The 99-year-old church in Sydney's Whitney Pier neighbourhood was slated to close this summer, along with several other Catholic churches in the area.
But parishioners found out Sunday that their lobbying efforts had paid off.
In a letter to parishioners, Bishop Brian Dunn, head of the Diocese of Antigonish, recognized the contribution that St. Mary's has made to Polish culture in Cape Breton.
"In light of the responses and information received, especially that the 100th anniversary of the church will be held in 2013, the pastoral planning committee has recommended that St. Mary's Polish Church remain open for the time being," he stated.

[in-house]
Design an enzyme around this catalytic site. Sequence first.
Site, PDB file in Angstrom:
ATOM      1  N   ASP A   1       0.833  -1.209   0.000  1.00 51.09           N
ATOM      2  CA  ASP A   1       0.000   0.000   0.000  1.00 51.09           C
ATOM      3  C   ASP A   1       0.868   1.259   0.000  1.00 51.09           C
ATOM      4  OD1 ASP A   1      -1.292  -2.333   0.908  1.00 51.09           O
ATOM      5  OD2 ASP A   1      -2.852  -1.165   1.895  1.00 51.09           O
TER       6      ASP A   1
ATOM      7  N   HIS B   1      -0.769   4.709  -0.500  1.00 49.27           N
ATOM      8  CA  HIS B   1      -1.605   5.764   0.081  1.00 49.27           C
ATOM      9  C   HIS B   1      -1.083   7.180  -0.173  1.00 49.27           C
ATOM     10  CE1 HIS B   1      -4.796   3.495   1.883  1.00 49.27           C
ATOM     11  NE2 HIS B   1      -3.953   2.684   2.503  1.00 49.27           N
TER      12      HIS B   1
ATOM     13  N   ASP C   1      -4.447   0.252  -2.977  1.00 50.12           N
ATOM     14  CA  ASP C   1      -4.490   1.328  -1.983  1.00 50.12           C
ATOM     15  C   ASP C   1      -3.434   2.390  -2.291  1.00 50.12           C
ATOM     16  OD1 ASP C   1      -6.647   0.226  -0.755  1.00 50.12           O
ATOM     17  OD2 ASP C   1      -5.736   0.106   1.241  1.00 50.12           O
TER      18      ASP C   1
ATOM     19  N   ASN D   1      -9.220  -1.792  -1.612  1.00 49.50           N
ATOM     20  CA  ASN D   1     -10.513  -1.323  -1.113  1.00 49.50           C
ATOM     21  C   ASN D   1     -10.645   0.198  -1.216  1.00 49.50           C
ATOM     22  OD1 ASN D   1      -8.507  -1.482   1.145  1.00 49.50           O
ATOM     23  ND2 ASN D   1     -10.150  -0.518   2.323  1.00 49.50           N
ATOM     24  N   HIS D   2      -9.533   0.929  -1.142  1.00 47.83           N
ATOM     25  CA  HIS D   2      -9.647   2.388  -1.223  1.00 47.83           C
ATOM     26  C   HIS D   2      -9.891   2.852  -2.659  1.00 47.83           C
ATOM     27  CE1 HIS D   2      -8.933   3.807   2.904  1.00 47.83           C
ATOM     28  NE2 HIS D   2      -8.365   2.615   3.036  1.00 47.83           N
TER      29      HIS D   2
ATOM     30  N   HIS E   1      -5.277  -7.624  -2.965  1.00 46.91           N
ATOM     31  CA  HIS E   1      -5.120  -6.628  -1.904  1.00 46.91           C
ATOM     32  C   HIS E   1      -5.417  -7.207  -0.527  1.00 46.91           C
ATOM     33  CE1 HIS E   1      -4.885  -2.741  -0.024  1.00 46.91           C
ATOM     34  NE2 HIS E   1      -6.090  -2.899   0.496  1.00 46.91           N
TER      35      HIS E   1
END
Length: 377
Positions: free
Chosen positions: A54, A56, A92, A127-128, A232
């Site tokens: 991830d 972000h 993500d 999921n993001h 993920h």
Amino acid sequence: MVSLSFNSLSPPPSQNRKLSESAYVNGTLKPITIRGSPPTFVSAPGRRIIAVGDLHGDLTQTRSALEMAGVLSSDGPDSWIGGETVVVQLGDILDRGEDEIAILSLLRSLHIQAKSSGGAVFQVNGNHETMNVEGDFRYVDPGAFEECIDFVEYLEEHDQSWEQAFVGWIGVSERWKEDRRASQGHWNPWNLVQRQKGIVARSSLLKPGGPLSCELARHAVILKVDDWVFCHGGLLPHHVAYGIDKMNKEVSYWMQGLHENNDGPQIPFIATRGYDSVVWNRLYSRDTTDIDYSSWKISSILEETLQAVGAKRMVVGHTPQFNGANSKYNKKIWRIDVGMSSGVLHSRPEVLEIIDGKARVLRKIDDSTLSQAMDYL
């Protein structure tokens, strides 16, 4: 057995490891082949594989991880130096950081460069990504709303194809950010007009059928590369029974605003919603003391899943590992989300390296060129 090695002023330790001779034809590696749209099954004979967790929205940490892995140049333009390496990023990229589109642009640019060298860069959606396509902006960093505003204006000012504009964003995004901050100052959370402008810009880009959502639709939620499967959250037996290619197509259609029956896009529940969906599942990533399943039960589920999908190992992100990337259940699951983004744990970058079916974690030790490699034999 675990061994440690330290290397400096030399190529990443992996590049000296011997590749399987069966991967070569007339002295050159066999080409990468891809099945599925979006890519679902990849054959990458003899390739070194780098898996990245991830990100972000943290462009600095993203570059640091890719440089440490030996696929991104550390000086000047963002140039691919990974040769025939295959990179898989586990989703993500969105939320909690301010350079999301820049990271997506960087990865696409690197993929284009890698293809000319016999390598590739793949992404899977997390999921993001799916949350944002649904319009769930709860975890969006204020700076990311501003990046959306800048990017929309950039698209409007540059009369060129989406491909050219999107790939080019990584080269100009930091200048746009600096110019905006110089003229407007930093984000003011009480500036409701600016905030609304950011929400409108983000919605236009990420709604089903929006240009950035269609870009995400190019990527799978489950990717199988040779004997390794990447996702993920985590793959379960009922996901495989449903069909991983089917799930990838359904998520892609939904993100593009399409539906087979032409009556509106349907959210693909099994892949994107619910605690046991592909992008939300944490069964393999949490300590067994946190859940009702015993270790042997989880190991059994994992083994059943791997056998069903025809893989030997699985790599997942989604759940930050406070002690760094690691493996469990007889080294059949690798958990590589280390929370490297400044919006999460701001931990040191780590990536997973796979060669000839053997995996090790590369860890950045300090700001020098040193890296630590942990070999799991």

The church is a designated historic site. About 50 parishioners attend mass at St. Mary's regularly.
A delegation of 100 people travelled to Antigonish to plead their case after the closures were announced in January. Many wore traditional Polish clothing. They also presented information about St. Mary's financial situation, arguing the church was able to support itself.
Parishioner Tom Urbaniak told CBC News that six binders were submitted to the diocese, including a multi-year plan for the parish.
The letter from Dunn also states that the diocese cannot sustain the current number of Catholic churches in the Sydney area.
In January, church-goers in the area were told the number of parishes would be slashed from 10 to four. Our Lady of Fatima, St. Theresa's and Holy Redeemer would remain, along with either Sacred Heart, St. Anthony Daniel or St. Joseph's.